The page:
Correct, and my original point was that it won't be available as silicon for quite some time. After which, someone still has to build a system around it - not something that happens in a couple of months.

dgs

 is a RISC OS Userdgs on 6/10/05 4:43PM
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@druck: Of course one could do it the other way round: Get a truck load of nice looking laptop cases with screens, keyboard, touchpad, etc. built in, then develop a mainboard that fits into it.

 is a RISC OS UserJGZimmerle on 06/10/05 6:43PM
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@runningman: The ARM710 is a ARMv4 processor. That technology is about 12 years old. ARMv7 is brand new. ARM11 processors are ARMv6. Newest versions of RISC OS may make it easier to develop drivers for new graphics cards, but developing such a driver is still a huge task, any driver-development is. At least if you're not stealing or buying the code from someone else.

 is a RISC OS UserJGZimmerle on 06/10/05 7:15PM
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Who is rating doing all the rating down on comments that are actually relevant to the article?

 is a RISC OS UserJGZimmerle on 07/10/05 4:43PM
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Technical details on the Cortex-A8 at [link]

 is a RISC OS Userjoty on 08/10/05 3:25PM
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@JGZimmerle: i was just to optomistic, :) even arm were getting confused and are now giving new arm chips names like Cortex-A8.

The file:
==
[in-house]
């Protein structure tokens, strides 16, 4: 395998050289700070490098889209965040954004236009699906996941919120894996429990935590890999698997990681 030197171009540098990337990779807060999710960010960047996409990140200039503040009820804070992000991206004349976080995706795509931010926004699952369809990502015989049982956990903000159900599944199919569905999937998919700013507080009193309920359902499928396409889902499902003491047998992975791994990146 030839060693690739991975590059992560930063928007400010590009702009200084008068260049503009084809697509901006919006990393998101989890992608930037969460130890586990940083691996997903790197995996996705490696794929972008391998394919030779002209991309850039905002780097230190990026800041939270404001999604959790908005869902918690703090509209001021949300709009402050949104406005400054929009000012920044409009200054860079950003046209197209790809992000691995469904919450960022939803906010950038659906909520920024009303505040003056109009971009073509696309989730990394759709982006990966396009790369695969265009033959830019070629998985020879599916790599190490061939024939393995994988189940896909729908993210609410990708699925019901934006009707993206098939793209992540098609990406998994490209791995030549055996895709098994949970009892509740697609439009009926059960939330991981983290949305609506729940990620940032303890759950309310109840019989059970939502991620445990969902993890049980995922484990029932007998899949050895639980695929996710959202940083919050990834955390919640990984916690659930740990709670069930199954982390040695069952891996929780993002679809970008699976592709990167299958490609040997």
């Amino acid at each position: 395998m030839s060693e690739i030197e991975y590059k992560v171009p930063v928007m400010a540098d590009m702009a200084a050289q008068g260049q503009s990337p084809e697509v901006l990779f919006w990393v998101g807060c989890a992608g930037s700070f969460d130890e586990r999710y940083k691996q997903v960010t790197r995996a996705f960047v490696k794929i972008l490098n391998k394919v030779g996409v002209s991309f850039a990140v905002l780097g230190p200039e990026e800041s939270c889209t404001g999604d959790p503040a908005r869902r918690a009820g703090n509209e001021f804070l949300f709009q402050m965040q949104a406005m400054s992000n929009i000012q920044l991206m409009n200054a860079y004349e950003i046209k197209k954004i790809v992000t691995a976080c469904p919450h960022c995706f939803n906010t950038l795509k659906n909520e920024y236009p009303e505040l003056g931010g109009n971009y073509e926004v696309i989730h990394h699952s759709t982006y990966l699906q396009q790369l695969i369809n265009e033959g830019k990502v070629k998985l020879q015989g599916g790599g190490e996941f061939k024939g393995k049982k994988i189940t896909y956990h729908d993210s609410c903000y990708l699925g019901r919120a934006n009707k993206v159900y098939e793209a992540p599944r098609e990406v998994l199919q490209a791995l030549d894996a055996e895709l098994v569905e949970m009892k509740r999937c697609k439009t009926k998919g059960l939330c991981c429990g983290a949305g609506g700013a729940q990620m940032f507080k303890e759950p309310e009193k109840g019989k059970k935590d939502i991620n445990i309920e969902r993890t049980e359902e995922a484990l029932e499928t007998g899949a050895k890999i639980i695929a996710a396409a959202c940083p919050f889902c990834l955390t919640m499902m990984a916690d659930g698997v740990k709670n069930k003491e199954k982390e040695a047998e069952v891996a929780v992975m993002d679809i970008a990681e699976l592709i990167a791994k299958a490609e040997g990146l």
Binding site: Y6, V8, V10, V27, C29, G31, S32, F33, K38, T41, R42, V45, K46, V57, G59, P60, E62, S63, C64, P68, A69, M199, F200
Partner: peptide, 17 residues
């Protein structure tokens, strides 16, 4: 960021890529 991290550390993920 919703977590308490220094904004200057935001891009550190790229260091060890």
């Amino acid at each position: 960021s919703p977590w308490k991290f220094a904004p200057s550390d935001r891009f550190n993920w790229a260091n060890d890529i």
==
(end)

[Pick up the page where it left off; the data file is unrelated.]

say did you spot that little google advert at the bottom of the page it's gone now, have a look little arm developers mother board FPGA and all that stuff just like the Omega [link]

as the A9 mother board is so small take a pc laptop with a bad motherboard fault and cut out a space to fit the A9's motherboard, with the arm 9 above the fan grill, cut the laptops tracks to the ports, next solder wires to the ports fit ribbon cables drive and a cable to the screen, hope it can drive a laptop display, any one know, should have room in an old bulky model, might not in a new thin laptop if the keyboard is part of the motherboard. good reading.

 is a RISC OS Userrunningman on 08/10/05 10:50PM
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One of the disadvantages of ARM is that they just design chips, they don't manufacture them, it would be great for small companies if ARM got chips like this manufactured and then sold them at a fixed cost to people and small companies that would not be able to get them, just like AMD even colleges would like this, and if RISC OS could get it's foot in the door there could be a lot of little start up companies using this chip and RISC OS the trouble with RISC OS is that it is to expensive, for mini laptops and such a free copy for research would increase it's use and encourage small manufacturers to use it, if the price was dropped to say 10, this would encorage the larger builders like SHARP seen this, i wonder new version with Cortex-A8 :) [link]

 is a RISC OS Userrunningman on 09/10/05 2:25PM
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In reply to Kevin: Chips are sold in at a fixed cost in batches of 1000, however you need to order a minimum of 10,000 to start manufacture - we don't have that may RISC OS users left. But as I said the processor is even the remotest factor in producing a laptop, whether it cost 10, 1000 or 0.01.

P.S. Please don't hit returns at the edge of the edit area when typing in your message as it then looks a mess, just keep typing and the correct linewrap will be applied automatically.

 is a RISC OS Userdruck on 10/10/05 09:28AM
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In reply to ZGZimmerle:

The problem with getting a "truck load of laptop cases ..." is:

a) The cost b) where do you store them while designing the motherboard?

AFAIK most laptop case manufacturers want you to buy in such large numbers that the total cost is too high for the majority, if not all, RISC OS developers.

 is a RISC OS UserCol1 on 10/10/05 09:49AM